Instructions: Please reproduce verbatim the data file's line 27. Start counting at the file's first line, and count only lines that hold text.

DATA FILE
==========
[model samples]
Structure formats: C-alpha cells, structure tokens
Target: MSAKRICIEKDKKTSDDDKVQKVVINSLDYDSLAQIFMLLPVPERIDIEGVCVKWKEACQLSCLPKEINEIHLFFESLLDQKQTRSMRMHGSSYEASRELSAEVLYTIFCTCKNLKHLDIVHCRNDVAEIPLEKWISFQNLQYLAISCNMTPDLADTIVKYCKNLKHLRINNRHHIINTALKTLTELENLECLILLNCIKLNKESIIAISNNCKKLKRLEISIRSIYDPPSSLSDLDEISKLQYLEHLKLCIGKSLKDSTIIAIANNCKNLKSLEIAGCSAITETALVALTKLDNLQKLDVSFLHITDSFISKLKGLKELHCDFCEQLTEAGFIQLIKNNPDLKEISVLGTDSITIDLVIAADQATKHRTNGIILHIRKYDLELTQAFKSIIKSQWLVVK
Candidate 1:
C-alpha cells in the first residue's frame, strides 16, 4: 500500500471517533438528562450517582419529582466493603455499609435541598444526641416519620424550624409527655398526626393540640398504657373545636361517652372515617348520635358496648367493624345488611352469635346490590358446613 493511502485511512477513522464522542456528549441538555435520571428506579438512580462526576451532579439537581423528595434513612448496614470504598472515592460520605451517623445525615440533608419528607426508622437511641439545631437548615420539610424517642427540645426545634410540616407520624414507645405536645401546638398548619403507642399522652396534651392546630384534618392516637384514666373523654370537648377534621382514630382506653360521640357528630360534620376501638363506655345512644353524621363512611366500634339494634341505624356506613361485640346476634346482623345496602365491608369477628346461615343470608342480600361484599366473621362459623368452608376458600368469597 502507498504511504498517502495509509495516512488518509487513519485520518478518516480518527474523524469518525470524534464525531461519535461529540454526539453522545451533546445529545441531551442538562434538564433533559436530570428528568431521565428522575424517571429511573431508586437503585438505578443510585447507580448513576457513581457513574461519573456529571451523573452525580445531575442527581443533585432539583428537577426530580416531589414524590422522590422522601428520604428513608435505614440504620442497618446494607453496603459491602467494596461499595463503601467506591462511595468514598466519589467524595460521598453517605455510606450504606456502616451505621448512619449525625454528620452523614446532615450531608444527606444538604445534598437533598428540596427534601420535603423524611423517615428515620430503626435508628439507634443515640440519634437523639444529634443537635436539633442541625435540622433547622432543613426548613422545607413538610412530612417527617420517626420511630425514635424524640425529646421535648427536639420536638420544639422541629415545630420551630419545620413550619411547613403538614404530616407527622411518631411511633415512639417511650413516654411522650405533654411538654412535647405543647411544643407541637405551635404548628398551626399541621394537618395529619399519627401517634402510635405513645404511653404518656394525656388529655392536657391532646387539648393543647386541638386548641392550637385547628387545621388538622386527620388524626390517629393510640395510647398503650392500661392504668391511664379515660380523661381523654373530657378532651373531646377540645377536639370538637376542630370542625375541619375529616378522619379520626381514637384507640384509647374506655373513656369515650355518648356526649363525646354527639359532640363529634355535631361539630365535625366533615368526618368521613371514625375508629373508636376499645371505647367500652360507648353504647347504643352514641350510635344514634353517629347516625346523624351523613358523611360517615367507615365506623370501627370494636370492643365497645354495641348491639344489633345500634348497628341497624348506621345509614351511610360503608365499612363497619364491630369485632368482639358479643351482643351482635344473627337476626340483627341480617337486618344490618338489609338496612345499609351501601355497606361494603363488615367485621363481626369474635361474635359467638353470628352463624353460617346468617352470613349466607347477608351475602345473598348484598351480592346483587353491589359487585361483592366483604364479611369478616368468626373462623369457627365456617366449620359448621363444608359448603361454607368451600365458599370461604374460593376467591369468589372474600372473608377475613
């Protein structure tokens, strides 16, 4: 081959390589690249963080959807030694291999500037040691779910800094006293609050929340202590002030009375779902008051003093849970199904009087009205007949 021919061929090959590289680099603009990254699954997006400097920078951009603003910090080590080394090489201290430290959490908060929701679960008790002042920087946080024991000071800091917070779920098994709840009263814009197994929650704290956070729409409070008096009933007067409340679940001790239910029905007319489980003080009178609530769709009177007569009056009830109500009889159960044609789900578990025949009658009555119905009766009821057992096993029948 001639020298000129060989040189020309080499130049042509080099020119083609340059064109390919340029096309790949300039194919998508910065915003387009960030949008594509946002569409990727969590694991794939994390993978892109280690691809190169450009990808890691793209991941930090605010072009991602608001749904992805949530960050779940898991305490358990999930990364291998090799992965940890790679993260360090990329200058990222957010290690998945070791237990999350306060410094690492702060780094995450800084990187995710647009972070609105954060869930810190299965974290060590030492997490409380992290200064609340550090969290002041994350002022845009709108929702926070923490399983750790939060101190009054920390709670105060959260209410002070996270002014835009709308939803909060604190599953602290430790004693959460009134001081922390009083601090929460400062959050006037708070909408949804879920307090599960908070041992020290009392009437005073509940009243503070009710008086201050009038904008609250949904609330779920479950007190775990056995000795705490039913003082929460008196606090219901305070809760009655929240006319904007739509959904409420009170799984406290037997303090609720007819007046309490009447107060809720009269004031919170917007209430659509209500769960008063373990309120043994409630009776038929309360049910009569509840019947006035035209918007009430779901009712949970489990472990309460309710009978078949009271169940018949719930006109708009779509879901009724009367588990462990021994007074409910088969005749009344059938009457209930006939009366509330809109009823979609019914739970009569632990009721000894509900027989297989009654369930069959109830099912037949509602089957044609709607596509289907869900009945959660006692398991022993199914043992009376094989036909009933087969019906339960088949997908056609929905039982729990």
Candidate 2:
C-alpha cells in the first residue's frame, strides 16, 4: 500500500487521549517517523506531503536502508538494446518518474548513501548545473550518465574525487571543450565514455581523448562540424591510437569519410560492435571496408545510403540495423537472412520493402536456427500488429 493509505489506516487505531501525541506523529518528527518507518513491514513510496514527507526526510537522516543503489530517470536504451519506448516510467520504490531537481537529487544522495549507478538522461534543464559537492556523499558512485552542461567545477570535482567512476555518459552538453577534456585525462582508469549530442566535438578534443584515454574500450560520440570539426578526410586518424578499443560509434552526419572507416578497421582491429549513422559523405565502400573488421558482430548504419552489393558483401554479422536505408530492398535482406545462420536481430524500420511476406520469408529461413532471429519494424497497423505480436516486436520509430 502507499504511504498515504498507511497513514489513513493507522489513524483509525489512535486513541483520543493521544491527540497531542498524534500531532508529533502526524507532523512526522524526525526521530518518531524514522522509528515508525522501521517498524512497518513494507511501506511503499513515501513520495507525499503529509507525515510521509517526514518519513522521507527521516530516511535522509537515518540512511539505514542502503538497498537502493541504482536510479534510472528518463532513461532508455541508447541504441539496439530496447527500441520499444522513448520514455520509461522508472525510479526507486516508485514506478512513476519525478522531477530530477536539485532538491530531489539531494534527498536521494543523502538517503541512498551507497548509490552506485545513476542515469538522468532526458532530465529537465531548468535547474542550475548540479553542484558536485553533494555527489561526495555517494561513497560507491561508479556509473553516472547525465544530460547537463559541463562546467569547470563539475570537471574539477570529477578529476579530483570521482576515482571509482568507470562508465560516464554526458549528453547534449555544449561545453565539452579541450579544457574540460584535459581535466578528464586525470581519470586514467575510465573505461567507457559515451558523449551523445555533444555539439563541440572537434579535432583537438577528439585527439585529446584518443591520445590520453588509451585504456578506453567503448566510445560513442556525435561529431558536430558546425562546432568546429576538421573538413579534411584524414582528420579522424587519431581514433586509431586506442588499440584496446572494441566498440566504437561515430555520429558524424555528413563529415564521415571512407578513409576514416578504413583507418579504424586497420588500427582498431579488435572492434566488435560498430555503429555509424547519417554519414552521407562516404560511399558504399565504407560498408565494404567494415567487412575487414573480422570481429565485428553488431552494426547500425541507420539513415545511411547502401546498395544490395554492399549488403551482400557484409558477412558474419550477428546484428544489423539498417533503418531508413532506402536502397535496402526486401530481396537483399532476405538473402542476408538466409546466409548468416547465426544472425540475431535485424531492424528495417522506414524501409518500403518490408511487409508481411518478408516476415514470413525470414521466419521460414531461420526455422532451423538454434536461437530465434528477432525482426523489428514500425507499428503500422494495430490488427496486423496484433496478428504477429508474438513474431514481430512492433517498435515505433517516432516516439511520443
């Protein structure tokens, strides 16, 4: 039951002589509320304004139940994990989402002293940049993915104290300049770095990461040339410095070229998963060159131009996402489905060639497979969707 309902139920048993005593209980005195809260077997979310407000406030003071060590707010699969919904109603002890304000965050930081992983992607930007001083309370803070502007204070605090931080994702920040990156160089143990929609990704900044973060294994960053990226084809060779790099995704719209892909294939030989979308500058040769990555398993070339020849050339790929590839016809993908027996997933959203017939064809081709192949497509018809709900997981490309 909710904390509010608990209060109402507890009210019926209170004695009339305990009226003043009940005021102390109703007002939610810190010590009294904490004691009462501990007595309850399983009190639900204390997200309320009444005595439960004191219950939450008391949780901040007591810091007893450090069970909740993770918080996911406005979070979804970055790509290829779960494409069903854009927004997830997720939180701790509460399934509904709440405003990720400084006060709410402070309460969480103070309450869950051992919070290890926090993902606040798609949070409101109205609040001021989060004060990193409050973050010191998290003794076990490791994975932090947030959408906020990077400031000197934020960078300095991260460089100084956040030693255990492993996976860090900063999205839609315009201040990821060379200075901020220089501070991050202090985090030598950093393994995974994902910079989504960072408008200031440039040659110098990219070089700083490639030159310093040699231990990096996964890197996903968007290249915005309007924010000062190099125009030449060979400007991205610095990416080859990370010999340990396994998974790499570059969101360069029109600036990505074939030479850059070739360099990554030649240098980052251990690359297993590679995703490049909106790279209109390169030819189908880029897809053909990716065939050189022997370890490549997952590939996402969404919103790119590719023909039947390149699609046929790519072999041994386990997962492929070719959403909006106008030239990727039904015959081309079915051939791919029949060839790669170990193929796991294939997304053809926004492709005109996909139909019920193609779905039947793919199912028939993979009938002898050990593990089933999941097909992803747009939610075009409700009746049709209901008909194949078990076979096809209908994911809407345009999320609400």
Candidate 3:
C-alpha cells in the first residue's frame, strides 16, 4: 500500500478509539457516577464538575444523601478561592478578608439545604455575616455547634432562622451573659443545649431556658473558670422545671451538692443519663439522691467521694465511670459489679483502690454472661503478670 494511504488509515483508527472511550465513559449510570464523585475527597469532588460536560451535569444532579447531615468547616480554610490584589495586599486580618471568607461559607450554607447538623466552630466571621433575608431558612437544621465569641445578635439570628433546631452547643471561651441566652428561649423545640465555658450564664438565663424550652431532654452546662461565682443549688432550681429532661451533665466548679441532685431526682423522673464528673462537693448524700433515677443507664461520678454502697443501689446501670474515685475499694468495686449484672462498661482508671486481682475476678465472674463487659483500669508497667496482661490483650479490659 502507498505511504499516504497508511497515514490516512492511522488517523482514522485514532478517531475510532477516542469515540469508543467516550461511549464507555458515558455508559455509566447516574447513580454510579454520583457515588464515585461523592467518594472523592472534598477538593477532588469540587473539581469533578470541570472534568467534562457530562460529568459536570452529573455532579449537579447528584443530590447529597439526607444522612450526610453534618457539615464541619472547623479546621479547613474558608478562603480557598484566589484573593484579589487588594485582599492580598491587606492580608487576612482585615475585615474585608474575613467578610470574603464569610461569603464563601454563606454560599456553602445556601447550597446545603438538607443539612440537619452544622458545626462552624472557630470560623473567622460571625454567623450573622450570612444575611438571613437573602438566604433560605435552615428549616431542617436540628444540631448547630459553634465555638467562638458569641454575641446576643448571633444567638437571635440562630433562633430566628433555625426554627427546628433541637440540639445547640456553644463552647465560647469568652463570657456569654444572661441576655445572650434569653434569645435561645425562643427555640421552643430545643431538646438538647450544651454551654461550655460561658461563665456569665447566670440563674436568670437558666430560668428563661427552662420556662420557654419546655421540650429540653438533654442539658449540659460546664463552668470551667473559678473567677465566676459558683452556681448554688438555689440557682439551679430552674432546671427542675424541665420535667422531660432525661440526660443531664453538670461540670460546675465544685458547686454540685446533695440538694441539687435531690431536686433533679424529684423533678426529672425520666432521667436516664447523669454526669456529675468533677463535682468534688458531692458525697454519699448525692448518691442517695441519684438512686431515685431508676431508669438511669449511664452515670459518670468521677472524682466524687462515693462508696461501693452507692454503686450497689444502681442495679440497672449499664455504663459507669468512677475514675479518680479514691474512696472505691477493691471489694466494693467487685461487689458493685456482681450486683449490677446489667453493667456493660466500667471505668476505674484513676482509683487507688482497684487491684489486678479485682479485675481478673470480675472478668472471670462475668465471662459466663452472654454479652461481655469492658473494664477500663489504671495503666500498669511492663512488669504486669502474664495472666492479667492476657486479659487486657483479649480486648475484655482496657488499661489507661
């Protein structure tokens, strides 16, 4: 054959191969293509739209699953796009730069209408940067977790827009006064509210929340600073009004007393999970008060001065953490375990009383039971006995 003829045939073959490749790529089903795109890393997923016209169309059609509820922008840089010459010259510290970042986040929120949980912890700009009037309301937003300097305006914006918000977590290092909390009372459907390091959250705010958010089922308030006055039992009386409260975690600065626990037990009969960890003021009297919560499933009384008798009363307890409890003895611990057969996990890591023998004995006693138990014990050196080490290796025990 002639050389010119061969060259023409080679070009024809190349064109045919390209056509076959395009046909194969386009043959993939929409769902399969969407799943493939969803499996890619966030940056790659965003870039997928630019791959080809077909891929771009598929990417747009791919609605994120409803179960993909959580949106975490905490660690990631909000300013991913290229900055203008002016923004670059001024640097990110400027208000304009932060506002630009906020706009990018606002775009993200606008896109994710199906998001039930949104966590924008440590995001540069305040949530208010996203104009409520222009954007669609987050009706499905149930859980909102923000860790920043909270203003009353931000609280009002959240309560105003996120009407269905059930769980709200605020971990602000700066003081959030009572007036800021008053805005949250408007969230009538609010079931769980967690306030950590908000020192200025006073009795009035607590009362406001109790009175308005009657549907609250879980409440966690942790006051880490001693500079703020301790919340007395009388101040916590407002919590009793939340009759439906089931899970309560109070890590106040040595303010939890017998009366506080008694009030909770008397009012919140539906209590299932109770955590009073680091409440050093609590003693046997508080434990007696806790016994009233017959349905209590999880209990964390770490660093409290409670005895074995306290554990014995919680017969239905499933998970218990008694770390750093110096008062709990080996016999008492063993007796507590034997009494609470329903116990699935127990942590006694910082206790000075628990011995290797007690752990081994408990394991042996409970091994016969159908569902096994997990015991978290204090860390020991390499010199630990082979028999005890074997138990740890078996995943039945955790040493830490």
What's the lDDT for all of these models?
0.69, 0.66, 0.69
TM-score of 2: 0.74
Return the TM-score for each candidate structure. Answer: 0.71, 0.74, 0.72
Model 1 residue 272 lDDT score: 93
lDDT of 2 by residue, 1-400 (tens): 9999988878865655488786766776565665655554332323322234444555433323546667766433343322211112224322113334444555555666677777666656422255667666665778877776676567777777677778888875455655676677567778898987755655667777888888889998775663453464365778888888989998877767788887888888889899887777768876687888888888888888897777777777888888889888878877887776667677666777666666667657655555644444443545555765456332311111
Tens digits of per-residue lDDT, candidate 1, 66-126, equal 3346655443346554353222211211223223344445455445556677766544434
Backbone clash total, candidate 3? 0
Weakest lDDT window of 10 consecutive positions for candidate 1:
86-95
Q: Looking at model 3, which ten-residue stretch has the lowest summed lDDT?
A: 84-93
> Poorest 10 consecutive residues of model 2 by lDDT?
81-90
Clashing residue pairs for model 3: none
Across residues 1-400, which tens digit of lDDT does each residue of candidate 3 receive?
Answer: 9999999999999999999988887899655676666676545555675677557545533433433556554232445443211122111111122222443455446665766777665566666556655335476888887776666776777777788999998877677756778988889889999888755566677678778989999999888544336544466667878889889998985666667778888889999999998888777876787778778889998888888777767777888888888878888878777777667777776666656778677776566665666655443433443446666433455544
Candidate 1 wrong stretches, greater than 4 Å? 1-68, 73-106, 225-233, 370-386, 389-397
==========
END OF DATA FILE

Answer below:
Clashing residue pairs for model 3: none